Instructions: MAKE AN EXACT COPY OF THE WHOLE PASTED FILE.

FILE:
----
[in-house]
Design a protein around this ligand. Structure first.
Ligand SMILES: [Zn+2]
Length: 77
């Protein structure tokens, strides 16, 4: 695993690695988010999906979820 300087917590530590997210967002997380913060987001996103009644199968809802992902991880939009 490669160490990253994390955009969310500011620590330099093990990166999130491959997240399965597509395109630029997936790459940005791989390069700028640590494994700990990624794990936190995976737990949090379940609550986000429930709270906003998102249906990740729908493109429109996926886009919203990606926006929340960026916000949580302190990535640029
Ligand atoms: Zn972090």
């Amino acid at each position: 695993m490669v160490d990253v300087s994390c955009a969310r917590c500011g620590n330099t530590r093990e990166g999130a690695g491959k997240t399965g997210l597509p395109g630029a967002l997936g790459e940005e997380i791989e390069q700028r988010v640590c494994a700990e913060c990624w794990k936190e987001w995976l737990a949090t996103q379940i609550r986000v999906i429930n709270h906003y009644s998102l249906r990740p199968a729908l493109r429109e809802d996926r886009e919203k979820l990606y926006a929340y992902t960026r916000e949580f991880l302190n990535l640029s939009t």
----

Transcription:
[in-house]
Design a protein around this ligand. Structure first.
Ligand SMILES: [Zn+2]
Length: 77
């Protein structure tokens, strides 16, 4: 695993690695988010999906979820 300087917590530590997210967002997380913060987001996103009644199968809802992902991880939009 490669160490990253994390955009969310500011620590330099093990990166999130491959997240399965597509395109630029997936790459940005791989390069700028640590494994700990990624794990936190995976737990949090379940609550986000429930709270906003998102249906990740729908493109429109996926886009919203990606926006929340960026916000949580302190990535640029
Ligand atoms: Zn972090």
């Amino acid at each position: 695993m490669v160490d990253v300087s994390c955009a969310r917590c500011g620590n330099t530590r093990e990166g999130a690695g491959k997240t399965g997210l597509p395109g630029a967002l997936g790459e940005e997380i791989e390069q700028r988010v640590c494994a700990e913060c990624w794990k936190e987001w995976l737990a949090t996103q379940i609550r986000v999906i429930n709270h906003y009644s998102l249906r990740p199968a729908l493109r429109e809802d996926r886009e919203k979820l990606y926006a929340y992902t960026r916000e949580f991880l302190n990535l640029s939009t």